ECHO Factsheet – Madagascar - Last updated (31/03/2021)



Madagascar is experiencing its worst drought in 10 years. Its combined effects, together with low agricultural productivity, the impact of COVID-19, and a lack of essential food commodities in the market have resulted in a deteriorating food security situation. With one of the highest malnutrition rates in the world, more than half of all children in the country suffer from chronic malnutrition. The EU continues its humanitarian assistance to Madagascar on food, nutrition, and disaster preparedness projects.

What are the needs?

Over the past 6 years, southern Madagascar has experienced 5 below-average rainy seasons. This has led to a severe reduction in staple food production and the deterioration of livestock, both in numbers and condition. Poor households are selling more livestock and other productive assets to purchase food. Overall, low income coupled with high staple food prices fuels the food crisis in the country.

Recent food assessments project that over 1.35 million people (35% of the population) need emergency food assistance. Anosy, Androy and Atsimo Andrefana are the 3 worst-affected regions, accounting for over 1 million food insecure people. This year, for the first time, Madagascar has recorded a massive migration influx from the south to the north of the country in search for food and basic services.

The coronavirus pandemic has considerably exacerbated the worrying food security situation. According to the World Bank, COVID-19 has pushed 1.4 million people into extreme poverty due to job losses in key manufacturing and service sectors, as well as the sudden loss of income for informal workers affected by lockdowns in major cities.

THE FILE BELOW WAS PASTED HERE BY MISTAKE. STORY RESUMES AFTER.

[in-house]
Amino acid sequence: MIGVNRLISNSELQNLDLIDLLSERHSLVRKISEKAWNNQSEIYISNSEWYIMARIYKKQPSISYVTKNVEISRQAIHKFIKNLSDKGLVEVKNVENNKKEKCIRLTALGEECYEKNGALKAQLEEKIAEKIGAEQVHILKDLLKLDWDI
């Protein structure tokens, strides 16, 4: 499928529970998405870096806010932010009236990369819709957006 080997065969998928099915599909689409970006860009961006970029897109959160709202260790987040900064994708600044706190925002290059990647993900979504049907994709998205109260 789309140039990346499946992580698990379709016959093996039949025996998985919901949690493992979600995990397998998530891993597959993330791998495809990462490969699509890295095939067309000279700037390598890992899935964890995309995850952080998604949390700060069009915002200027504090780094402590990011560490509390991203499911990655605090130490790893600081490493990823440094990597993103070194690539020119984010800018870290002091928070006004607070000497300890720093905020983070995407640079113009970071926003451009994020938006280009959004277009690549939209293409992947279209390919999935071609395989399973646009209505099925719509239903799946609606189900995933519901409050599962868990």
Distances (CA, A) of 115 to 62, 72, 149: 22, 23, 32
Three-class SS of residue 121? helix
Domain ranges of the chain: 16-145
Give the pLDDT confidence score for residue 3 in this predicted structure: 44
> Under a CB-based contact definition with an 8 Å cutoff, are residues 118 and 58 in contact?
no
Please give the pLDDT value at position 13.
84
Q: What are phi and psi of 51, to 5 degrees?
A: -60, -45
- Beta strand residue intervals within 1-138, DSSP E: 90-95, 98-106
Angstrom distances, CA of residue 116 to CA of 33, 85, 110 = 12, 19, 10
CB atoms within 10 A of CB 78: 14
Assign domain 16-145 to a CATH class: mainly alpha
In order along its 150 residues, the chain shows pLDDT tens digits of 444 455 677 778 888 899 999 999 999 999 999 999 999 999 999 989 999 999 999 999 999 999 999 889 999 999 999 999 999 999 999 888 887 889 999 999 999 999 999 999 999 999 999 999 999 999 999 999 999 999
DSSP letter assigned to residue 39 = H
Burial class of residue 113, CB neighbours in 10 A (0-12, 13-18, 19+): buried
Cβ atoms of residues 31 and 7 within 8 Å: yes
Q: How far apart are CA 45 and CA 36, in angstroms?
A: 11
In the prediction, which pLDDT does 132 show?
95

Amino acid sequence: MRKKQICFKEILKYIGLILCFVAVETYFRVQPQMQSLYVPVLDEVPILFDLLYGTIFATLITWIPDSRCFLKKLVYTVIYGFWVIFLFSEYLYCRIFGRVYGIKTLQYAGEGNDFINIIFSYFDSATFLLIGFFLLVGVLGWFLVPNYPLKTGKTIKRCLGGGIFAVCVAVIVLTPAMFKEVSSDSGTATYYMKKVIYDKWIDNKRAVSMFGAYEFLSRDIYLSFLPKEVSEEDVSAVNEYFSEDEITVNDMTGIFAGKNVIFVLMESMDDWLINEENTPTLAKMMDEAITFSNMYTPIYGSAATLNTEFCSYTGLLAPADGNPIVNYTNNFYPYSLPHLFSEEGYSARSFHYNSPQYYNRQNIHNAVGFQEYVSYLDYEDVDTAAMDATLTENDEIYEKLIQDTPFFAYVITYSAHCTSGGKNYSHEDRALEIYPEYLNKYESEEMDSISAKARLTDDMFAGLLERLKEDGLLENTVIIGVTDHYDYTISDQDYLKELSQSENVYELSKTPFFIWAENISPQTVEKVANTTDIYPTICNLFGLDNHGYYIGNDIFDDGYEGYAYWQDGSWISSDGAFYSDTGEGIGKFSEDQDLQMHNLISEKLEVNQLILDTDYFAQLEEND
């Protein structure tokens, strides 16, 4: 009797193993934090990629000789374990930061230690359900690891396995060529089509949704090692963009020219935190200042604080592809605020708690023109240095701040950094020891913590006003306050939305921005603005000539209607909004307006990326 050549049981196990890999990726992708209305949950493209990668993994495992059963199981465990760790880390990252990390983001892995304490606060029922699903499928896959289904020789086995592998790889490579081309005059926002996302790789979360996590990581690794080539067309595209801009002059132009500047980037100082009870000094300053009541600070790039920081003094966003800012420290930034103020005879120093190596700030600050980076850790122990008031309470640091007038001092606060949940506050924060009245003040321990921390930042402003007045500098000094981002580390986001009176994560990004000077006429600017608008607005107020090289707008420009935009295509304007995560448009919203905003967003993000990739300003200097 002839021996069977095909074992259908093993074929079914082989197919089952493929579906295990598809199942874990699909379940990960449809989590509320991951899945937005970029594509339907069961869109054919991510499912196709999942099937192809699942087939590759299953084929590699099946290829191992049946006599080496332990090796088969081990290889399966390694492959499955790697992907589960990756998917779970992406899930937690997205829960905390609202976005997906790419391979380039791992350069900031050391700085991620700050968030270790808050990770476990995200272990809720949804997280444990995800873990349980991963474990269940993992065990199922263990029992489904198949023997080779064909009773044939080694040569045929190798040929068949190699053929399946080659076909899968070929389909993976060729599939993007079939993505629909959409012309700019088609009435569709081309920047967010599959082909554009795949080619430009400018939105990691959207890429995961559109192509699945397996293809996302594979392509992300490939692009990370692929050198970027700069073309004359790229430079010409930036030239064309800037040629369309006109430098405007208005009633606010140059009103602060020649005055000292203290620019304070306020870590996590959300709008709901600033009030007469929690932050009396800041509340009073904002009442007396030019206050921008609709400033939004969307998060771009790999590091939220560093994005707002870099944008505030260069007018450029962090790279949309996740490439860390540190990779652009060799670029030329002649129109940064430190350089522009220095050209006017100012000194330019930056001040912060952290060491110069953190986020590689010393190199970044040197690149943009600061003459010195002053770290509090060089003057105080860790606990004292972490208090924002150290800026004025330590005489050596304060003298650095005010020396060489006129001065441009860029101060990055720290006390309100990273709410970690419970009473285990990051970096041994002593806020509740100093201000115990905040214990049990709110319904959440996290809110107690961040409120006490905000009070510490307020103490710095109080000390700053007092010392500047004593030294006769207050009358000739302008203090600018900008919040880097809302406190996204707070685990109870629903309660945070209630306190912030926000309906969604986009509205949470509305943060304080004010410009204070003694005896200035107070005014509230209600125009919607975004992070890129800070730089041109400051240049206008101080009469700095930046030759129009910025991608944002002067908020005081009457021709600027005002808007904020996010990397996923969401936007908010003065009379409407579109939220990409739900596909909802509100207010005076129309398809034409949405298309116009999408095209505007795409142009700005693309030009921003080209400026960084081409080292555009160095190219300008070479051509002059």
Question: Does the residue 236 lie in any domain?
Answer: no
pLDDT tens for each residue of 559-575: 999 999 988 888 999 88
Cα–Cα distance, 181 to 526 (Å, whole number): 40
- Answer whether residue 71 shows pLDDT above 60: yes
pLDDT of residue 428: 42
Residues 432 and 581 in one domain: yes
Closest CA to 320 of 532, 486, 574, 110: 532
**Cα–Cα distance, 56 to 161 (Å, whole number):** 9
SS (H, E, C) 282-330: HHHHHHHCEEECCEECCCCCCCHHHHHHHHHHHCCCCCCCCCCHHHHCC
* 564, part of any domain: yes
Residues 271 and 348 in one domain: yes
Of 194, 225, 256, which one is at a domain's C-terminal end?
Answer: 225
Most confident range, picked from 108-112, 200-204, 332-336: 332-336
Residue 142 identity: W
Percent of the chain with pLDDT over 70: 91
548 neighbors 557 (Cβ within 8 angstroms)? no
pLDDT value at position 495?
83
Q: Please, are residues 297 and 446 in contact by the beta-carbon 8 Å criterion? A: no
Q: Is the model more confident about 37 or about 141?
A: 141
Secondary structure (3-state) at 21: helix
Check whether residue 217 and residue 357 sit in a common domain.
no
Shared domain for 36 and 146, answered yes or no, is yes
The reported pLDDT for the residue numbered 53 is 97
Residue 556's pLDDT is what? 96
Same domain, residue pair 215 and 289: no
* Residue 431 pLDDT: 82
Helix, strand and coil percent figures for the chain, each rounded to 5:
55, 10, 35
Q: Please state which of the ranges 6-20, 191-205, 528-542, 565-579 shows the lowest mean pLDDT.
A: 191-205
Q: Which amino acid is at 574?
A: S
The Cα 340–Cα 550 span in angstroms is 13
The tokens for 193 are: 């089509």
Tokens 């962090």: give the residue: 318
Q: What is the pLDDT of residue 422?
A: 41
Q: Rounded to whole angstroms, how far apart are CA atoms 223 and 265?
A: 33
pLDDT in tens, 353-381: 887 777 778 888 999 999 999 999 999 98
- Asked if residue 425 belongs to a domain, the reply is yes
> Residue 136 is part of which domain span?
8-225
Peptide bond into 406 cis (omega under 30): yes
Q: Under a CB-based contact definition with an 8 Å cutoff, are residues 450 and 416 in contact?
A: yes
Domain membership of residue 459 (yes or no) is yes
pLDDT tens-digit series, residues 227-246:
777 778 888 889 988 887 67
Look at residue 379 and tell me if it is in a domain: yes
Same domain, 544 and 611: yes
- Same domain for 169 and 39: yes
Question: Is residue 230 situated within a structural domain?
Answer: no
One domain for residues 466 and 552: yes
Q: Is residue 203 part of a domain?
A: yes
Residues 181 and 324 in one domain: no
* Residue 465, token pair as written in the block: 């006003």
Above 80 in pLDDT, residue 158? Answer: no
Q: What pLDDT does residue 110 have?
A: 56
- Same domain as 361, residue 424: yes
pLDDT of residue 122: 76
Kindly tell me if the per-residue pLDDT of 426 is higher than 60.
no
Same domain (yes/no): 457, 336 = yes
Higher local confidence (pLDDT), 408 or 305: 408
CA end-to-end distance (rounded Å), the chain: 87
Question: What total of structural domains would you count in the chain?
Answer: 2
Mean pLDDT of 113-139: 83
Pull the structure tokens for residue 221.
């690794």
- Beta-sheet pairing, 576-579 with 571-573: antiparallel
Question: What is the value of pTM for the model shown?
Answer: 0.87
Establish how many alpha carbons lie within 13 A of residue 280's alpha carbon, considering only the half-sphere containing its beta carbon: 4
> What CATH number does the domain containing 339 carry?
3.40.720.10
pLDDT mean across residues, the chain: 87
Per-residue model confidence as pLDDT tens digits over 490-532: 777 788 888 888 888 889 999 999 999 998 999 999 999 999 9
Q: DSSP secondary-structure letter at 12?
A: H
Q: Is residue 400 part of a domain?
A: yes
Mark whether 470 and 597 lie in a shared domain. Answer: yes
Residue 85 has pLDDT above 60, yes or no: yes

How are we helping?

In 2020, the EU allocated €6.2 million in humanitarian funding to Madagascar. The EU also supported humanitarian interventions in the greater southern Africa region, including Madagascar, with €64.7 million. A significant share of this funding addressed the impact of the spell of drought in the region. Most of the funding helped respond to the food and nutrition crisis.

In response to the current drought, the EU is helping address food and nutrition needs in the affected areas as well as helping small-scale farmers to restore their means to earn a living. The EU is also working with its partners to run nutrition programmes, targeting especially children, and pregnant and breastfeeding mothers.

The EU is closely monitoring the ongoing food and nutrition crisis, especially in the southern and southwestern regions of the island, known as the Grand Sud. The EU’s humanitarian and development aid departments are also combining and coordinating their efforts, not only to respond to the emergency, but also to build the long-term resilience of the communities in the Grand Sud.

The EU prioritises the swift provision of humanitarian aid in the form of emergency cash transfers to vulnerable people affected by natural hazards. This saves people from having to sell their possessions when food runs out, a practice that makes them less able to cope with the next disaster.

The EU is also supporting local health systems to address preparedness and prevention of the coronavirus, in line with the national response plan. With this support, EU-funded partners in Madagascar are including in their projects activities linked to coronavirus prevention and control, information dissemination campaigns, distribution of personal protection equipment, promotion of access to water and hygiene, and organising hygiene awareness sessions for households.